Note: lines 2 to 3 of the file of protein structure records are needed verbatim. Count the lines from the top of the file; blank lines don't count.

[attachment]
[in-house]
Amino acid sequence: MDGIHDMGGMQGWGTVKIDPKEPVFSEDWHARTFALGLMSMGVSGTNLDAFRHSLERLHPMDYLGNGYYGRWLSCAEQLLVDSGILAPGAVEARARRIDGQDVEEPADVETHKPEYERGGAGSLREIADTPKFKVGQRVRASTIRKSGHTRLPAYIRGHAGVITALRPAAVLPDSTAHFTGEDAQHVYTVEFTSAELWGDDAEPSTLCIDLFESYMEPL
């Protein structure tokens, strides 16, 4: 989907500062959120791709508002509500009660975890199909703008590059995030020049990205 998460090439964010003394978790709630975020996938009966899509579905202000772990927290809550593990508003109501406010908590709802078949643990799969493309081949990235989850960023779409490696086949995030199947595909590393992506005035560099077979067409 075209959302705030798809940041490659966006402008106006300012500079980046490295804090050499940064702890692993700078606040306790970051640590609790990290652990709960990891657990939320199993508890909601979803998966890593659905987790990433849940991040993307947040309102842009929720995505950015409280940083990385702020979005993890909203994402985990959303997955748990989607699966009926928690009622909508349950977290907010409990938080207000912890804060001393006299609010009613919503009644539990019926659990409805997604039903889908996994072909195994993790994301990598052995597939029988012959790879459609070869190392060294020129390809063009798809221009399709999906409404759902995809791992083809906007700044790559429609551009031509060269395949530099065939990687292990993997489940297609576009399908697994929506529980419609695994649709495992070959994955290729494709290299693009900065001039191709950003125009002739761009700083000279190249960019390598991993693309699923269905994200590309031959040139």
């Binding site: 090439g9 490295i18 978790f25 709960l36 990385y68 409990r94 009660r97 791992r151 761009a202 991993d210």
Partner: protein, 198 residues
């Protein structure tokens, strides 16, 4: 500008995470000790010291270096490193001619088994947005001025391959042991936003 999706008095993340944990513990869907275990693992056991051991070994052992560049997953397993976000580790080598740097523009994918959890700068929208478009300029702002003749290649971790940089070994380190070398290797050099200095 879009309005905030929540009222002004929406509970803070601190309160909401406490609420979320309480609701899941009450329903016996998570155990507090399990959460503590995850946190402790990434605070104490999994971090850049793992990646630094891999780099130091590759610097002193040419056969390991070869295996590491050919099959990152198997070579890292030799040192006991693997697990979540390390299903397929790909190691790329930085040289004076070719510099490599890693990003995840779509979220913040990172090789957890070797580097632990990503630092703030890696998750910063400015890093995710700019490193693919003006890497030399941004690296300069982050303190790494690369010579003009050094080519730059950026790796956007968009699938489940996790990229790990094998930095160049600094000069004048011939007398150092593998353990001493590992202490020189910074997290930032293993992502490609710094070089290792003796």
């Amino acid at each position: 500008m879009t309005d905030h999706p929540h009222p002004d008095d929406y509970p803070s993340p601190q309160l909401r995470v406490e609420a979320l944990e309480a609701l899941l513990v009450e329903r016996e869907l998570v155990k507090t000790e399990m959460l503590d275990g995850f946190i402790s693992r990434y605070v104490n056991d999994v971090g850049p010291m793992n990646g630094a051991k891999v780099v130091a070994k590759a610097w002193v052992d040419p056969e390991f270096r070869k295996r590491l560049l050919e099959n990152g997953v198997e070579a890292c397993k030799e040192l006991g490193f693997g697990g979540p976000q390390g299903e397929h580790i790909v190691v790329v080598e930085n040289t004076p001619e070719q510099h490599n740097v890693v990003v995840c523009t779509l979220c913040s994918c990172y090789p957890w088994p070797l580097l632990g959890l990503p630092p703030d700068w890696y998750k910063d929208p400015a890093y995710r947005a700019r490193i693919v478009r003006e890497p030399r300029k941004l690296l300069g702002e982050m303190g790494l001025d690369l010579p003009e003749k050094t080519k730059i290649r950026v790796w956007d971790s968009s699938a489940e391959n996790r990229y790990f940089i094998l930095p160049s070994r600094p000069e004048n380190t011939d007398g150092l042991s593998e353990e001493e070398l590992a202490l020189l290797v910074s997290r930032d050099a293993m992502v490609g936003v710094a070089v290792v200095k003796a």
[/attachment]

Amino acid sequence: MDGIHDMGGMQGWGTVKIDPKEPVFSEDWHARTFALGLMSMGVSGTNLDAFRHSLERLHPMDYLGNGYYGRWLSCAEQLLVDSGILAPGAVEARARRIDGQDVEEPADVETHKPEYERGGAGSLREIADTPKFKVGQRVRASTIRKSGHTRLPAYIRGHAGVITALRPAAVLPDSTAHFTGEDAQHVYTVEFTSAELWGDDAEPSTLCIDLFESYMEPL
């Protein structure tokens, strides 16, 4: 989907500062959120791709508002509500009660975890199909703008590059995030020049990205 998460090439964010003394978790709630975020996938009966899509579905202000772990927290809550593990508003109501406010908590709802078949643990799969493309081949990235989850960023779409490696086949995030199947595909590393992506005035560099077979067409 075209959302705030798809940041490659966006402008106006300012500079980046490295804090050499940064702890692993700078606040306790970051640590609790990290652990709960990891657990939320199993508890909601979803998966890593659905987790990433849940991040993307947040309102842009929720995505950015409280940083990385702020979005993890909203994402985990959303997955748990989607699966009926928690009622909508349950977290907010409990938080207000912890804060001393006299609010009613919503009644539990019926659990409805997604039903889908996994072909195994993790994301990598052995597939029988012959790879459609070869190392060294020129390809063009798809221009399709999906409404759902995809791992083809906007700044790559429609551009031509060269395949530099065939990687292990993997489940297609576009399908697994929506529980419609695994649709495992070959994955290729494709290299693009900065001039191709950003125009002739761009700083000279190249960019390598991993693309699923269905994200590309031959040139």